About 160 writers from Indonesia and around the world, including Ian Rankin, Tim Flannery, Jane Harper and Jung Chang, had been booked to gather in Ubud from 25 October for the 14th iteration of the festival – and a decision had to be made about whether to postpone it.

      “When the volcano became active, we went into red alert,” DeNeefe told Guardian Australia. “We had meeting upon meeting to work out what to do. We had a three-structure plan from cutting back on the festival to postponing ... so examining every option. It was very stressful.

      “This is the guy that runs the show,” DeNeefe said of the volcano. “It’s not just any old volcano. Bali just can’t help but feel cosmic.”

      The eruption is feared to be the worst in Bali in decades and it’s fair to say a destabilised writers festival is among the least of the locals’ concerns: an estimated 140,000 people in surrounding areas have been evacuated and moved into makeshift shelters and formerly bustling travel hotspots have been left virtually empty. In Australia, holiday makers put plans on hold or cancelled their trips, fearing not so much the eruption but transport chaos; airlines would be unable to fly should there be ash clouds in the air and huge consequences loomed over the island’s tourism-centric economy.
      FacebookTwitterPinterest A Balinese farmer carried on with her work as Mount Agung hotted up in the background last month. Photograph: Ulet Ifansasti/Getty Images

      But now, weeks after the original rumblings, things are relatively less volatile at Mount Agung and the team at the writers festival has decided to carry on.
      The Ubud writers festival was born from tragedy. In 2002, after the Bali bombings, DeNeefe started the festival to encourage visitors back to the region. It is now regarded as one of the best writers’ festivals in the world, highlighting and promoting Indonesian authors and attracting some of the biggest names in the international literary scene.

      Writers speaking this year also include Simon Armitage, Simon Winchester, this year’s Miles Franklin winner, Josephine Wilson, the French-Indonesian animator Pierre Coffin and the Man Booker Prize finalist Madeleine Thien. The keynote will be delivered by Malaysian activist Marina Mahathir: a former UN person of the year, a leader at the Malaysian Aids Foundation and an expert on minority rights in Malaysia.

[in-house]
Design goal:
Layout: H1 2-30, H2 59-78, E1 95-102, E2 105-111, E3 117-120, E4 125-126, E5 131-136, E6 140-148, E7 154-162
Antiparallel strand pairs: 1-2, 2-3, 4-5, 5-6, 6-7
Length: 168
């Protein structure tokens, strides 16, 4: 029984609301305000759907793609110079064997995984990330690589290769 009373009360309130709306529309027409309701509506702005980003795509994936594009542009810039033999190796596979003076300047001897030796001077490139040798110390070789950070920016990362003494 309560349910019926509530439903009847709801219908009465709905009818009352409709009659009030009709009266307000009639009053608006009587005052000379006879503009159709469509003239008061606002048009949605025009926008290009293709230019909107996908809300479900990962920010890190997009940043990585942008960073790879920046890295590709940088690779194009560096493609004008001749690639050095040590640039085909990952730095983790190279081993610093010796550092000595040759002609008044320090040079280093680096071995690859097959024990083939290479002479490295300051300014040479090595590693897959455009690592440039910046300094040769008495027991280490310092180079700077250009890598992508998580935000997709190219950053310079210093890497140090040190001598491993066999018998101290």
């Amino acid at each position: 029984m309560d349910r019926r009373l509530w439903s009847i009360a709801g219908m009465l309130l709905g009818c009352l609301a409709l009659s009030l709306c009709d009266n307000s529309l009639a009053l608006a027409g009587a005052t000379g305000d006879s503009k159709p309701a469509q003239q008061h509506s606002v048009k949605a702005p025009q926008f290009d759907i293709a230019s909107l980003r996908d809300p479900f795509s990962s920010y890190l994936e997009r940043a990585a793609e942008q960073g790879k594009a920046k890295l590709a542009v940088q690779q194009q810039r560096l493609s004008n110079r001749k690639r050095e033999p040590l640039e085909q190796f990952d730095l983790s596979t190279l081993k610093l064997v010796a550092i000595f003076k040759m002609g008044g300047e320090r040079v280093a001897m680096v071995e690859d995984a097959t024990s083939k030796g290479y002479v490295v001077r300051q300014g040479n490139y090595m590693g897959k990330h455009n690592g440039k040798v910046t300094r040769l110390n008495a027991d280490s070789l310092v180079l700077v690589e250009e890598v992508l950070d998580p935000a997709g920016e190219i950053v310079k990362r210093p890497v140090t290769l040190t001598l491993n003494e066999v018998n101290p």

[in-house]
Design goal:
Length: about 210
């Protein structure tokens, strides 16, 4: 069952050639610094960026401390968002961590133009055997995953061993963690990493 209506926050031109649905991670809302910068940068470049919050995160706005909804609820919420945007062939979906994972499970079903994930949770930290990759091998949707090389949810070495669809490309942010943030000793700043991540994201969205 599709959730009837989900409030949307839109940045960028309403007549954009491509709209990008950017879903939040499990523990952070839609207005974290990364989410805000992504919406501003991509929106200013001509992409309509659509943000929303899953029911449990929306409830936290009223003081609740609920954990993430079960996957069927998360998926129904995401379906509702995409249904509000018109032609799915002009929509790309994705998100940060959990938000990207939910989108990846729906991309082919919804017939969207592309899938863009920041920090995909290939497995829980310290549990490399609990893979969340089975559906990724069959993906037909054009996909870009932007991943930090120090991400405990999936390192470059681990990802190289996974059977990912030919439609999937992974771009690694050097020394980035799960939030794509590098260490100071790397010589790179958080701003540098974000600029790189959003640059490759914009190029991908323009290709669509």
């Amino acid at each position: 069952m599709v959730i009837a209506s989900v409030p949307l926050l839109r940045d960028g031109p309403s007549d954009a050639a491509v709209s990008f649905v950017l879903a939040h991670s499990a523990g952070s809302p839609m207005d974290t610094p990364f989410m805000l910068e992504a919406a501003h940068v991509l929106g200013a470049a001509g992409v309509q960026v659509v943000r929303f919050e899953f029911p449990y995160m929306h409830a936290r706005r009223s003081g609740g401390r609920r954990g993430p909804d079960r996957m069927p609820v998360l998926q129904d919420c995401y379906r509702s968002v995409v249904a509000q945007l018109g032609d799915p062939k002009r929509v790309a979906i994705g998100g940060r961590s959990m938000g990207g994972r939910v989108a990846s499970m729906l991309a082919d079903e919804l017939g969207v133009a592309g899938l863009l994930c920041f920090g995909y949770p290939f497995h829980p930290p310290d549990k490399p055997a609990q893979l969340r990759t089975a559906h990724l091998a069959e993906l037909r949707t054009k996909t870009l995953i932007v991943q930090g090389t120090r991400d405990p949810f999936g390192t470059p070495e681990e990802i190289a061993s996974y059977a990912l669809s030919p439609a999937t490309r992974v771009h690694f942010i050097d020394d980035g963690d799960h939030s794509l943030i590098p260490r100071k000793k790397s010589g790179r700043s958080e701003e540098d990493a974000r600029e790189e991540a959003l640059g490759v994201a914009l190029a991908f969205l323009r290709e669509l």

And DeNeefe is no stranger to planning it under extraordinary pressure. While festival directors in Australia may face a headache when a foreign guest pulls out, DeNeefe has had to negotiate government censorship: the festival cancelled three sessions about the 1965 mass killings in Indonesia and their aftermath, as well as a screening of Joshua Oppenheimer’s critically acclaimed documentary The Look of Silence, and a photography exhibition, The Act of Living.

      That same year, an ash cloud lingered for weeks, leaving many stranded in Bali, and this year the festival could coincide with the most destructive volcano in decades.

      Ubud won’t be directly affected by the volcano and none of the writers has panicked or threatened to pull out, DeNeefe says. “The Balinese are kind of chilled, like, ‘Ehh – this could take months’,” she says. “But there’s lots of frantic expats out there.”

      • The Guardian is principal media partner of Ubud Writers and Readers Festival, taking place 25-29 October. Brigid Delaney is visiting as a guest of the festival.

      Since you’re here …

      … we have a small favour to ask. More people are reading the Guardian than ever but advertising revenues across the media are falling fast. And unlike many news organisations, we haven’t put up a paywall – we want to keep our journalism as open as we can. So you can see why we need to ask for your help. The Guardian’s independent, investigative journalism takes a lot of time, money and hard work to produce. But we do it because we believe our perspective matters – because it might well be your perspective, too.

      I appreciate there not being a paywall: it is more democratic for the media to be available for all and not a commodity to be purchased by a few. I’m happy to make a contribution so others with less means still have access to information.Thomasine F-R.

      If everyone who reads our reporting, who likes it, helps to support it, our future would be much more secure.
      Become a supporter
      Make a contribution

      No comments:

      Post a Comment